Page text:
The house was on a new development. Mock Tudor. Hideous. I was only looking at it because my partner thought it was the right thing – the upwardly mobile thing – to do. She was bland. I guess that’s why the blandness of the little street appealed. All I knew was that it was bigger than the house we were living in. And I wouldn’t have to hear the neighbours over the road fucking in the summer with their windows open. Screaming up the hot night while I lay in bed not wanting to do the same with the woman laying next to me. Every time I heard them I imagined the kind of love and lust that was driving those screams and moans. It had never been like that in my life. Fuck those hot summer nights. We would breath heavy. Both of us knowing the other wasn’t asleep. Not touching in bed. Me staring into the gloom praying I wouldn’t feel a hand on me under the thin sheets. Having to make up an excuse.
But the new house was going to be away from all that. The neighbours weren’t going to screw all night and shout each others names into the stinking rotten Epworth air. This was a move upwards. Up Up, into the middle class. Two cars on the drive. Waving to grass-cutting middle-aged car salesmen across the way on Saturday afternoons. Pristine house. Glass of wine with Dinner. Better and better cars and sofas and holidays until the rest of my hair fell out and the pension cheques started dropping on the mat. Climbing up into the apex of fat mediocrity. Tense puckered kisses goodbye in the mornings, the limit of sexual contact. Thankful for it.
The house was owned by a single woman in her mid to late forties. I can’t remember her name but it was something like Crapper, or Merde, or some other shit-based reference. I remember laughing when I first heard it. She had curly brown hair and, possibly, an eating disorder. She was very thin, drawn, and her eyes had sunk right down into their sockets. I was shocked when she opened the door to show us around. And she was timid, really scared-looking. Mousy. Like she was about to run to a safe room and bolt the door behind her. She barely whispered when she talked. Something told me she’d seen something awful and couldn’t wash it away. I thought that’s why she kept the house so clean. The hallway and stairs had a brand new carpet, you could smell the newness. The walls had been painted cream and it looked as though the paint layers were thick and expensive. My partner loved the place, so after we looked round we went back to the estate agents and told them we’d offer near the asking price. I wondered about the new carpets in a new house. I asked what it was all about.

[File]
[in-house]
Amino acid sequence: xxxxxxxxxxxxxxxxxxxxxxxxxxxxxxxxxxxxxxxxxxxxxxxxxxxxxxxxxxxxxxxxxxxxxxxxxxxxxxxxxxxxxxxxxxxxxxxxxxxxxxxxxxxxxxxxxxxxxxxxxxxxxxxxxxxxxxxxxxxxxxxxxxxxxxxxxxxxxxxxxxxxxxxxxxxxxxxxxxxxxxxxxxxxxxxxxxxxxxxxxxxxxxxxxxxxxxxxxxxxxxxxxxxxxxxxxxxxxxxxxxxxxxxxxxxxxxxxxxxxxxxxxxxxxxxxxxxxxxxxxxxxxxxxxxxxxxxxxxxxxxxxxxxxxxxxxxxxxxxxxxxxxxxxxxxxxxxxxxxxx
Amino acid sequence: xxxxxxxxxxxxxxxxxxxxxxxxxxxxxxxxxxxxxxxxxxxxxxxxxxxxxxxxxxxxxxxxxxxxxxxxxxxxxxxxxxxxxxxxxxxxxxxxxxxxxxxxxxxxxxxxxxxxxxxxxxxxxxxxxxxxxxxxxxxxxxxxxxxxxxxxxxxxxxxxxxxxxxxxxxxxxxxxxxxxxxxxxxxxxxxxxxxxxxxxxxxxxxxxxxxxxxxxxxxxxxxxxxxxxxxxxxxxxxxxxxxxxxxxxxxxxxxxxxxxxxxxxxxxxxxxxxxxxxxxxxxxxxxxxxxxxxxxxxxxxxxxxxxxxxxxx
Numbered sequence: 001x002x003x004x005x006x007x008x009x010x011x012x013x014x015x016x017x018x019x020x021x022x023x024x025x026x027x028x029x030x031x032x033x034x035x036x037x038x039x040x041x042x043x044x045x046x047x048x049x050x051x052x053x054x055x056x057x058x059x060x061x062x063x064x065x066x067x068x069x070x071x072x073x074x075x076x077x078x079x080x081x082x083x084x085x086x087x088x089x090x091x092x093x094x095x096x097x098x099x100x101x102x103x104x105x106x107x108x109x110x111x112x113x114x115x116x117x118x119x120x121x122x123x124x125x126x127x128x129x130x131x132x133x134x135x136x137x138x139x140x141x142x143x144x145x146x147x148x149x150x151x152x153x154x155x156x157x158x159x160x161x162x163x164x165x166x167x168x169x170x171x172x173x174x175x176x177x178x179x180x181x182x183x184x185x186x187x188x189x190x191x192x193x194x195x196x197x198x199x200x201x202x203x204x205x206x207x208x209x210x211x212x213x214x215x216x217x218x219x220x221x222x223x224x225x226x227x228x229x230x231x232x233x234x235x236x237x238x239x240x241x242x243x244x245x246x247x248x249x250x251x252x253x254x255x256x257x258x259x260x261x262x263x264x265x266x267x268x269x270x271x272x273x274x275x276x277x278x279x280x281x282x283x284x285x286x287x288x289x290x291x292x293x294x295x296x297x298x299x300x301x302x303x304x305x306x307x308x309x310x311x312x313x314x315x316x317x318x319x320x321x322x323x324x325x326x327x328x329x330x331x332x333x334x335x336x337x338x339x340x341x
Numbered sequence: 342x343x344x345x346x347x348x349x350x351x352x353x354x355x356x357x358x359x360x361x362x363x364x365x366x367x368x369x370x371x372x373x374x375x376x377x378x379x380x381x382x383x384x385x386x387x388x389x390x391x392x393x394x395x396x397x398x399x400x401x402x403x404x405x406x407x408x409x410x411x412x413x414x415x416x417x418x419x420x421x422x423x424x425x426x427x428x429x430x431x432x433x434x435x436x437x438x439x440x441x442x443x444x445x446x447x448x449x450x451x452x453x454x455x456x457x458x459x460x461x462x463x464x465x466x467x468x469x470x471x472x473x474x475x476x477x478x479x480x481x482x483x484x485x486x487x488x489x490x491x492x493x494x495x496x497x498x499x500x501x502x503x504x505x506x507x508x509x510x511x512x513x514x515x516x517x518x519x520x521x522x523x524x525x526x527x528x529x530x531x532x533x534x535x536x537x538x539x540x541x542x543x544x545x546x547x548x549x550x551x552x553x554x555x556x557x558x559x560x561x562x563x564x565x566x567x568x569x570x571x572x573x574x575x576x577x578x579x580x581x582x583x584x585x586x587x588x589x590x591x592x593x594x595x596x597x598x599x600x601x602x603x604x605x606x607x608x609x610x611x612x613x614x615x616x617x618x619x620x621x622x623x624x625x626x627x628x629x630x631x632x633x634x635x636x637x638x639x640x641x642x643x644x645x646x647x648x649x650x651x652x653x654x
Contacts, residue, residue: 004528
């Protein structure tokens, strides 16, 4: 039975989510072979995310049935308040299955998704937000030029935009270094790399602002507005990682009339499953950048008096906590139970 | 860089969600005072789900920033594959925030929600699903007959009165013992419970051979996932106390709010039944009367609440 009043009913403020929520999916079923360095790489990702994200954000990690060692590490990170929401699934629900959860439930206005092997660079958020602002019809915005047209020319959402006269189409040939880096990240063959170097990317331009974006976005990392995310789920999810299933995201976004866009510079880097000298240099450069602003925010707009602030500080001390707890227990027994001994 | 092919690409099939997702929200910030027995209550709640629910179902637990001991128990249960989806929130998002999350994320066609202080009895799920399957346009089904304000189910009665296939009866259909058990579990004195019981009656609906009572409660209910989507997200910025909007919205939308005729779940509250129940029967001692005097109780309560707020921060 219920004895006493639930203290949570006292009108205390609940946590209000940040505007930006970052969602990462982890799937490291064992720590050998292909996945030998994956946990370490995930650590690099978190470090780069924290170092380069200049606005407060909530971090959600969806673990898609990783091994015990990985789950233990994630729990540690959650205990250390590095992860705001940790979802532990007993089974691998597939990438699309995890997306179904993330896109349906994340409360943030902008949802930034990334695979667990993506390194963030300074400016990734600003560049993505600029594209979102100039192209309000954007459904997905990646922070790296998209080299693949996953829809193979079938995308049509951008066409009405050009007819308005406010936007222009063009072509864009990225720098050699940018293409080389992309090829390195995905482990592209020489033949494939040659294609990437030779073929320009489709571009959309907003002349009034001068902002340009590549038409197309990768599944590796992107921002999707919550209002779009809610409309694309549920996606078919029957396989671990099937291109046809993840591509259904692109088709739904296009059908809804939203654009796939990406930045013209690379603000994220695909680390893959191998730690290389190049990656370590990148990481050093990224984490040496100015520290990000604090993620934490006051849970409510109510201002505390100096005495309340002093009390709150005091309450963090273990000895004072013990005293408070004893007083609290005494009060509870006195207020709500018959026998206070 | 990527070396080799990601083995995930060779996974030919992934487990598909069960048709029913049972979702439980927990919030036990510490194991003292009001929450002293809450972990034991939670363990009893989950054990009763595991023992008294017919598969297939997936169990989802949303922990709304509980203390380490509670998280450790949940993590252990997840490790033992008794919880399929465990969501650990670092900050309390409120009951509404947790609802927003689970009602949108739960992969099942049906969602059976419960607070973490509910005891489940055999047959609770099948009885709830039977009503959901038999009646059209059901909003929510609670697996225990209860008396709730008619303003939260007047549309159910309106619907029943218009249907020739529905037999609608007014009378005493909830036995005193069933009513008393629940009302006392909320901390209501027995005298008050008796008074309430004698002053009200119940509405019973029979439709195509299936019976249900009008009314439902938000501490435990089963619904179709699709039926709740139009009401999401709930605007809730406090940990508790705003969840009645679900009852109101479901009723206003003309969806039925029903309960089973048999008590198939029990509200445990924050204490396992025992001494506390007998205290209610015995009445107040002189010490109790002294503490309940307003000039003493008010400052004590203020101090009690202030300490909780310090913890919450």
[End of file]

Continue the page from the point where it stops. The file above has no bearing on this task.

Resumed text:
‘You didn’t see the news last year?’ she replied.
‘Her husband attacked her one night in the house with an axe. It was pretty bad. She was trying to leave and he was chopping at her as she was coming down the stairs into the hallway to the front door, trying to run. I heard she curled up into ball by the front door and he just kept on hacking. Someone next door heard the noise and called the police. She nearly died.’
‘He got twenty years in prison.’
‘And that’s why the new carpet and the paint job?’
‘Yeah. You do still want to put an offer in?’
The sales pitch wasn’t the best I’d ever heard. But at least it was honest. Mrs Crapper, or whatever she was called, had only just come out of hospital and wanted rid of the place where she’d almost been chopped to pieces by someone she trusted. She wasn’t even living there any more. She’d moved in to her sister’s. She couldn’t face living alone. Being hacked at with an axe tends to change people.
So we bought the house, violent memories and all, and I set about cleaning the car on Saturdays, waving to the guy across the road. Losing more of me by the second. Disappearing into the middle of my life in a beige haze of nothing out of the ordinary. At least in the summer, with the bedroom windows open, the nights were still. Like they were in the marriage bed.